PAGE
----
By Ron Price – Farmington, New Mexico … “I have never seen a monument erected to a pessimist.” Paul Harvey
Stop what you’re doing and get a pen and some paper. Jot down two or three criticisms of a co-worker, or family member. Just take a moment (by the way, the official definition of a moment is 90 seconds) and list two or three of their imperfections. Now list two or three aspects which you find noteworthy and commendable of them.
I’m curious. Which list was easier to compile?
I guess that depends on the overall quality of your relationship with them. If your relationship is good and you get along well together, the second list was likely the easier, although the first list is always doable. I believe developing the habit of looking for and focusing on the good in others can transform a challenged relationship into a successful and healthy one, and keep a good relationship thriving.
It is a psychological principle that what you focus on tends to grow.
When we focus on the negative aspects of life, of which we all have at least a few, our thoughts tend to gravitate toward the negative. Focusing on the positive aspects of life will not make the negative ones disappear, but we will find they have less power to influence our mood and thoughts during our day.
Remember that everyone we interact with is a human being who, by definition, is going to have faults and who is going to act in ways that annoy us at times. Unless we consider ourselves to be other than a human, we might not want to be too quick to pass judgment.
I appreciate this Zig Ziglar quote: “Some people do really find fault like there’s a reward for it.” It’s so easy to find fault, and so many of us do. What’s ironic, however, is that those times when we are most critical are usually the times, we’re most upset with ourself. Since we’ve got to live with ourself and our thoughts, we can only take so much self-abuse and criticism. After a time, we will naturally look for another outlet to blame for our state of being upset. All too often, that other outlet is going to be someone at work or at home. That may be a common and normal practice, but it’s not right, and it’s certainly not conducive to a healthy life.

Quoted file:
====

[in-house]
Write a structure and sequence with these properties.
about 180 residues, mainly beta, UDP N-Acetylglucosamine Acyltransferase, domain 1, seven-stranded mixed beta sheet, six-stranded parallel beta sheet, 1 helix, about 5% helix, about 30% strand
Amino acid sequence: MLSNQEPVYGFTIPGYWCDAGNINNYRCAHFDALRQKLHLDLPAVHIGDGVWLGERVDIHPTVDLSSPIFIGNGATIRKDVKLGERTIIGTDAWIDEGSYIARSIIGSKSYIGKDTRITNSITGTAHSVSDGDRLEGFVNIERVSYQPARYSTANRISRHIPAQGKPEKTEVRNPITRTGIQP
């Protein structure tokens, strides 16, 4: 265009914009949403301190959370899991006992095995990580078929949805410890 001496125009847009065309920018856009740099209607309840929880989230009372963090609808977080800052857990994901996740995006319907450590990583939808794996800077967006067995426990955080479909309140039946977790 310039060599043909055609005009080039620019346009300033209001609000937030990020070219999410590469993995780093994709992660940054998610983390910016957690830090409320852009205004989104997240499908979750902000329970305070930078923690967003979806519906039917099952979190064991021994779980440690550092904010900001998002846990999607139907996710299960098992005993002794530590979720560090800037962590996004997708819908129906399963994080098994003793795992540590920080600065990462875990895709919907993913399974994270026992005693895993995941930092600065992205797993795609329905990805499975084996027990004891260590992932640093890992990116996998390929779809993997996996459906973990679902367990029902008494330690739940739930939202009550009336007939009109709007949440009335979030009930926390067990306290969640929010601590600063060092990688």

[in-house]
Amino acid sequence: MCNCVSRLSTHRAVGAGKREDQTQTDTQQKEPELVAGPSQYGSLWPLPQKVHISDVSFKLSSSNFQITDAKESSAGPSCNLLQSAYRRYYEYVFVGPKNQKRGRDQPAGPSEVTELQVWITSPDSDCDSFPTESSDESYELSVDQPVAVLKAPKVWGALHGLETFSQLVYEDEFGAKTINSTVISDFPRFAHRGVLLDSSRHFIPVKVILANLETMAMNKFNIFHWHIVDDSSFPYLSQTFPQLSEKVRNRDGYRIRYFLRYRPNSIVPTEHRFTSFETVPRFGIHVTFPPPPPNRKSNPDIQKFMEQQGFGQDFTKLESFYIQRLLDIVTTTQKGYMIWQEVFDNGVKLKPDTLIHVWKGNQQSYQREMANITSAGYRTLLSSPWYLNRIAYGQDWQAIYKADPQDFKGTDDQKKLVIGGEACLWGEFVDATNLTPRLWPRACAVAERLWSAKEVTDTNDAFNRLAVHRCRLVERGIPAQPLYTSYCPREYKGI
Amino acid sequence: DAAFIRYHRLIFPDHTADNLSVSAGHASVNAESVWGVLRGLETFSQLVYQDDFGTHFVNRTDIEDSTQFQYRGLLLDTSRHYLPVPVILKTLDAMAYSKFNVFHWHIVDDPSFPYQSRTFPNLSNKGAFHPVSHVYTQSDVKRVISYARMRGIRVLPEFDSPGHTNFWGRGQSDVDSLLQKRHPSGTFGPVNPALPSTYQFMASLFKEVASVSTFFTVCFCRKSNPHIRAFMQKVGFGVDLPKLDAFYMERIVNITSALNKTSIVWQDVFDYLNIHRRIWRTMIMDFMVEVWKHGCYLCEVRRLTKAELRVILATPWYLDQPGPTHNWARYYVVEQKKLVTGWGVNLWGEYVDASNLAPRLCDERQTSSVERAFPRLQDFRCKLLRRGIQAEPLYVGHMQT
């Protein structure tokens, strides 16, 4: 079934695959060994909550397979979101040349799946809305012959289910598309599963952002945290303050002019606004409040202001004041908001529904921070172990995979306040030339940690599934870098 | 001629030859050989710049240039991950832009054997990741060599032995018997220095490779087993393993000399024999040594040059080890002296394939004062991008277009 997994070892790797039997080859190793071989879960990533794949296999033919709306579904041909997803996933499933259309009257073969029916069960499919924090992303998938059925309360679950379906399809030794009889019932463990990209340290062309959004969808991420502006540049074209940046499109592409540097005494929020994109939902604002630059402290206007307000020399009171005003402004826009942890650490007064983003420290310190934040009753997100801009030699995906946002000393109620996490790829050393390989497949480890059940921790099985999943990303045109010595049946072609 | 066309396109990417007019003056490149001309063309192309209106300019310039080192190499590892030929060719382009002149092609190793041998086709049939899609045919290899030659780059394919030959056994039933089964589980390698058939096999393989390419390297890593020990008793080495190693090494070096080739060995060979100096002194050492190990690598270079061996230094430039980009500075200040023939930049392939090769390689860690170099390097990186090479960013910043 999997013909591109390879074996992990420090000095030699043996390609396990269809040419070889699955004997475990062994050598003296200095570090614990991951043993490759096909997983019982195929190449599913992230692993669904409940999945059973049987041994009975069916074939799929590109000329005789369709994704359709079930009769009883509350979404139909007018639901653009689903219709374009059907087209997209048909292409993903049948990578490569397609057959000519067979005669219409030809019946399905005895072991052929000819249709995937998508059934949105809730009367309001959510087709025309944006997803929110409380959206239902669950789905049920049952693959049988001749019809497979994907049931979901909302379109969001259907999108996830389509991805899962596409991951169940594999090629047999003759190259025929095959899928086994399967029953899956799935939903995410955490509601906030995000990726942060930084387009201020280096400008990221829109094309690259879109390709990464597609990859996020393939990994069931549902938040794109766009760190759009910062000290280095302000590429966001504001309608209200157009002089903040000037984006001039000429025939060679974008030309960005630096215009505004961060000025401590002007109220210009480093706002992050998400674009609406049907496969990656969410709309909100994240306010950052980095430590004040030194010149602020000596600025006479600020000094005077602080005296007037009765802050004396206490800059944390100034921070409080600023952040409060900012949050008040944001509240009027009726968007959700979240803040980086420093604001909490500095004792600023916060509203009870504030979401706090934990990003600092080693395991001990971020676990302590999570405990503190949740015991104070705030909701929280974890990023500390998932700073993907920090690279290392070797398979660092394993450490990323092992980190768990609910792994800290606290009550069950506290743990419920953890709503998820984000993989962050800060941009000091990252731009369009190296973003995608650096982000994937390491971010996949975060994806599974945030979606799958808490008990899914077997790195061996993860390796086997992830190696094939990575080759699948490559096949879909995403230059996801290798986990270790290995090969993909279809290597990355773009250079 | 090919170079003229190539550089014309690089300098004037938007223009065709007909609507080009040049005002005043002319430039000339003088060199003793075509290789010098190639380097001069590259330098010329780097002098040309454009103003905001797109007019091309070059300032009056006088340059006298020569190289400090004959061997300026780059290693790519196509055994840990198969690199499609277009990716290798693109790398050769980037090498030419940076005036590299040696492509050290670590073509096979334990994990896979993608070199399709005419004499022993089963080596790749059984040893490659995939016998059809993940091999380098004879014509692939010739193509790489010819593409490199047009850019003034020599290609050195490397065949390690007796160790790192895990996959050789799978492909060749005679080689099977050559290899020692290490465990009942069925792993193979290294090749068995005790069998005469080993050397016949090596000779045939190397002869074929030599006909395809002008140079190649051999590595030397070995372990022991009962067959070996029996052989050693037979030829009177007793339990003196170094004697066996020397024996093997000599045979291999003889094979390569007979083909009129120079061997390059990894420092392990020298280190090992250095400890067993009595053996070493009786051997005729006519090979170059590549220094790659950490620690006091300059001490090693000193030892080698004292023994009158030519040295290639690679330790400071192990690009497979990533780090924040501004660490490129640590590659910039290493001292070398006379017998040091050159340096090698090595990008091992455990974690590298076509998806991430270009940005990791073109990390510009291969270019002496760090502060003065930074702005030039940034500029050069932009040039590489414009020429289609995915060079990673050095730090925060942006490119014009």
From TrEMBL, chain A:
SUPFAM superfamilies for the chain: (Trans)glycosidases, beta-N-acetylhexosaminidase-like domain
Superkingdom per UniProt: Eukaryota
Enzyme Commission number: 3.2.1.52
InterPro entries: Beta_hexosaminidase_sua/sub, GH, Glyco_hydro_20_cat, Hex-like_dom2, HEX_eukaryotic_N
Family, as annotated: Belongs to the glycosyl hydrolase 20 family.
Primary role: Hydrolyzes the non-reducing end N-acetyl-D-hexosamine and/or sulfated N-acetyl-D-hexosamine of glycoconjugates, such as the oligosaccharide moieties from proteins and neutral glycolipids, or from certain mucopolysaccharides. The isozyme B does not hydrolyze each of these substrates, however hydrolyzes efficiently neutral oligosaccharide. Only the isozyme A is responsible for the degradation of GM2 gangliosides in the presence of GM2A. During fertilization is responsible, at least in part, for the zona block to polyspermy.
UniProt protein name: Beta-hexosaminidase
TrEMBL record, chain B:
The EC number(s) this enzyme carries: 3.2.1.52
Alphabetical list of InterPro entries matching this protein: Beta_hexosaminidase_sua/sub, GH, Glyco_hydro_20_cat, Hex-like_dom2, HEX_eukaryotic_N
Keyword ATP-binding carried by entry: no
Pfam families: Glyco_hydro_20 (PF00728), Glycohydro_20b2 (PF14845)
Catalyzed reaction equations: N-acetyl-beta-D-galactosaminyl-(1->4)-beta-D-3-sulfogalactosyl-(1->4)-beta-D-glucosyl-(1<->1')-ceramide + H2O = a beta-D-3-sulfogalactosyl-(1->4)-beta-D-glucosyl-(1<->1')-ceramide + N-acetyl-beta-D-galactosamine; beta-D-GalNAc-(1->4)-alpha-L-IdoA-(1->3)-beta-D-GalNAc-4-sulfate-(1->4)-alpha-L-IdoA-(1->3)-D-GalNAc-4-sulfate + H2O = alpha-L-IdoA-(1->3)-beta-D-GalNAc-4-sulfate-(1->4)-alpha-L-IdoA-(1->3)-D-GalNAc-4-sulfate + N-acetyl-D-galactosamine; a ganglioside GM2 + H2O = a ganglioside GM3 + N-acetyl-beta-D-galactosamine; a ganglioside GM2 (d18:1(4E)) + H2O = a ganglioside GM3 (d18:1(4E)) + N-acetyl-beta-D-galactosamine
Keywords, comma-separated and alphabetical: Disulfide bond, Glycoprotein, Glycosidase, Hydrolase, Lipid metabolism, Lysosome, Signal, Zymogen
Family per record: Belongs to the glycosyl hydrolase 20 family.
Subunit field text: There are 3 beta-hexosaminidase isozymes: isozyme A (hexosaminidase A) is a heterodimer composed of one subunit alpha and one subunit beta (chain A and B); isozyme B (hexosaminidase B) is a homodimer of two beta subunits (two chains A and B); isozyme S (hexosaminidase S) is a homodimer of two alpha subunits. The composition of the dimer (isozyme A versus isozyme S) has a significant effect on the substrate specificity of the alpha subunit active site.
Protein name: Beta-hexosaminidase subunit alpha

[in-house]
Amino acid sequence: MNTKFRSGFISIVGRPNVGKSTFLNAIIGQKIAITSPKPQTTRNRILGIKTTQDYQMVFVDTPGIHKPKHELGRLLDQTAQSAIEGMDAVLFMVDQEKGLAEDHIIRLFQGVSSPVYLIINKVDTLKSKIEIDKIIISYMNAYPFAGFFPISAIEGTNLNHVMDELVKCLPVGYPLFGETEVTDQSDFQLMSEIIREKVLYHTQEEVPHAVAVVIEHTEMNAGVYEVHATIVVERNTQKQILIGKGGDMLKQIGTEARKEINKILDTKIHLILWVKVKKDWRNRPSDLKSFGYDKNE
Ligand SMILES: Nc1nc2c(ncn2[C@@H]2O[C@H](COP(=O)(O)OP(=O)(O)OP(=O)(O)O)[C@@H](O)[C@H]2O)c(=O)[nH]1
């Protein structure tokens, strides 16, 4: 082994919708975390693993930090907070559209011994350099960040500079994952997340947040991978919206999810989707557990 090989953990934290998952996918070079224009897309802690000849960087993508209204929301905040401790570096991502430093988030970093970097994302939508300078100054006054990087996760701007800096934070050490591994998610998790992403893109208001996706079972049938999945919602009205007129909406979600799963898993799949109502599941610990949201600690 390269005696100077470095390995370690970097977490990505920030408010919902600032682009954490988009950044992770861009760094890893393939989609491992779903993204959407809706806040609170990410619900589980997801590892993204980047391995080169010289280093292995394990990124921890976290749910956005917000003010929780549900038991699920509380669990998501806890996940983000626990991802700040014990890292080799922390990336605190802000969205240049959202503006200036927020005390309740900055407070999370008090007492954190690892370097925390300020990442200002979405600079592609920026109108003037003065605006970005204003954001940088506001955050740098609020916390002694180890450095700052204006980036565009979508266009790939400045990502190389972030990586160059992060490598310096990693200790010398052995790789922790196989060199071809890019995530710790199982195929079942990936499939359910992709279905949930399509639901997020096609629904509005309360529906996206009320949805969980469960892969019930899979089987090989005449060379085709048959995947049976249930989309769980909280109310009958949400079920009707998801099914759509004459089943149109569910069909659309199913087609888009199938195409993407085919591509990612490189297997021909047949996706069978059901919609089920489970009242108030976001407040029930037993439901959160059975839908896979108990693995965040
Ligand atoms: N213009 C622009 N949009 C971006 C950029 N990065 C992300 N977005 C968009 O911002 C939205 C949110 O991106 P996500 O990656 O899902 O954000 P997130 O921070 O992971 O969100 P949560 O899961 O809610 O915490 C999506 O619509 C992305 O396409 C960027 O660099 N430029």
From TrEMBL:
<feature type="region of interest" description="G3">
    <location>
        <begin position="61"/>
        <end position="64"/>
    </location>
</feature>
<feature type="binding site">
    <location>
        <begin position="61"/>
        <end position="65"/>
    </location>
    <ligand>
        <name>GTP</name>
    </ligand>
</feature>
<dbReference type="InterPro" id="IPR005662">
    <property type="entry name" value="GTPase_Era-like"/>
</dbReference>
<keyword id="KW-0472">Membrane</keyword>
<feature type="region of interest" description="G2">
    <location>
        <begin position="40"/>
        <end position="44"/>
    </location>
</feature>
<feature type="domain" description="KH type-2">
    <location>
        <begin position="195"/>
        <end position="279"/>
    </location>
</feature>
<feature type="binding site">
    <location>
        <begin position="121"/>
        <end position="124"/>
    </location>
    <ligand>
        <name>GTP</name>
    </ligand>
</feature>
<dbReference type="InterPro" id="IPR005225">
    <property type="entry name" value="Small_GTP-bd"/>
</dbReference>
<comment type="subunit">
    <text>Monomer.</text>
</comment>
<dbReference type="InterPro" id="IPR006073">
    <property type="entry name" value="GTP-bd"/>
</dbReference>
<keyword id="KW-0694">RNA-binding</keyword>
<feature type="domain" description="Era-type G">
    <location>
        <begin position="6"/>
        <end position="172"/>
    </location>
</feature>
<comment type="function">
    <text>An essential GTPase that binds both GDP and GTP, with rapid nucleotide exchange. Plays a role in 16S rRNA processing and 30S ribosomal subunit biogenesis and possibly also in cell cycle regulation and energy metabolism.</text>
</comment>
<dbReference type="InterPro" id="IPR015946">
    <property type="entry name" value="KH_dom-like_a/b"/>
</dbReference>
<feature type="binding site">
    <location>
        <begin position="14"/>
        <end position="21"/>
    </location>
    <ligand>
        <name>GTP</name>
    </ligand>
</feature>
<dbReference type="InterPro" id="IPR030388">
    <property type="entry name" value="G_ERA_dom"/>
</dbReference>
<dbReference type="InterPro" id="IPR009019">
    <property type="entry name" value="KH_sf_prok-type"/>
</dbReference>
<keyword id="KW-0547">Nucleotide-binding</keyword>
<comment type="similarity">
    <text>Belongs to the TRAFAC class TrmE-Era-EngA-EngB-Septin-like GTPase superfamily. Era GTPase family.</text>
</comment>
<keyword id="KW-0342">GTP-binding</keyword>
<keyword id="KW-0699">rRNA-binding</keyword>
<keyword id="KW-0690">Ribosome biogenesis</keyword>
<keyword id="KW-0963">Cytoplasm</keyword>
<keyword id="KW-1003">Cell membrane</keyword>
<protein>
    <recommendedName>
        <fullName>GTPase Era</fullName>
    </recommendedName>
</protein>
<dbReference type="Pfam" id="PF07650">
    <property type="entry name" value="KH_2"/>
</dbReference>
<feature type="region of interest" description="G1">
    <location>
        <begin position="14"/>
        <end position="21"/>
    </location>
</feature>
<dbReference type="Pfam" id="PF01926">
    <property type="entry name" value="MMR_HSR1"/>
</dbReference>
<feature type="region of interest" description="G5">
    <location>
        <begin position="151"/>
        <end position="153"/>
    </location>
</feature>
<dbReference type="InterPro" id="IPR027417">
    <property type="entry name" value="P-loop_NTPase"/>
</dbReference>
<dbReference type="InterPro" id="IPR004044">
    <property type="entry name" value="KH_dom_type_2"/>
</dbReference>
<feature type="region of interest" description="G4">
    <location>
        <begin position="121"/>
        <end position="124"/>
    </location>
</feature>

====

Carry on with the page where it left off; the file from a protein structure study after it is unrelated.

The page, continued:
So what am I saying? That we should never tell a family member or work associate when something he or she is doing is upsetting us? Not a chance. But there is a right way and a wrong way to express our displeasure. The former is likely to result in voluntary behavior adjustment. The latter in World War 7,235.
In the book PLAY NICE in Your Sandbox at Work, I describe the XYZ technique developed by folks at PREP Inc., which gives a method to voice criticisms in a manner which will be well received and addressed.
Let me challenge us to throw away our list of others’ faults and add to our list of their positive attributes. It would not hurt to spend a few moments each day looking over that list to help you remember to maintain a positive, accepting attitude towards them.
A benefit of being grateful for what you have is that it protects you from becoming overly selfish and self-serving—both of which are dangerous in any relationship. We can admit that as humans we tend to be self-centered but interacting well with others is an excellent opportunity to minimize that condition.
By focusing on the positive aspects of others, we will be more inclined to consider how we might bring happiness to them.
Do that and you will find more happiness.
Not sure you believe that? Try it for 30 days and find out for yourself.
–Ron Price is a member of RMC executive committee from Farmington, New Mexico. Email him: [email protected]; photo by pixabay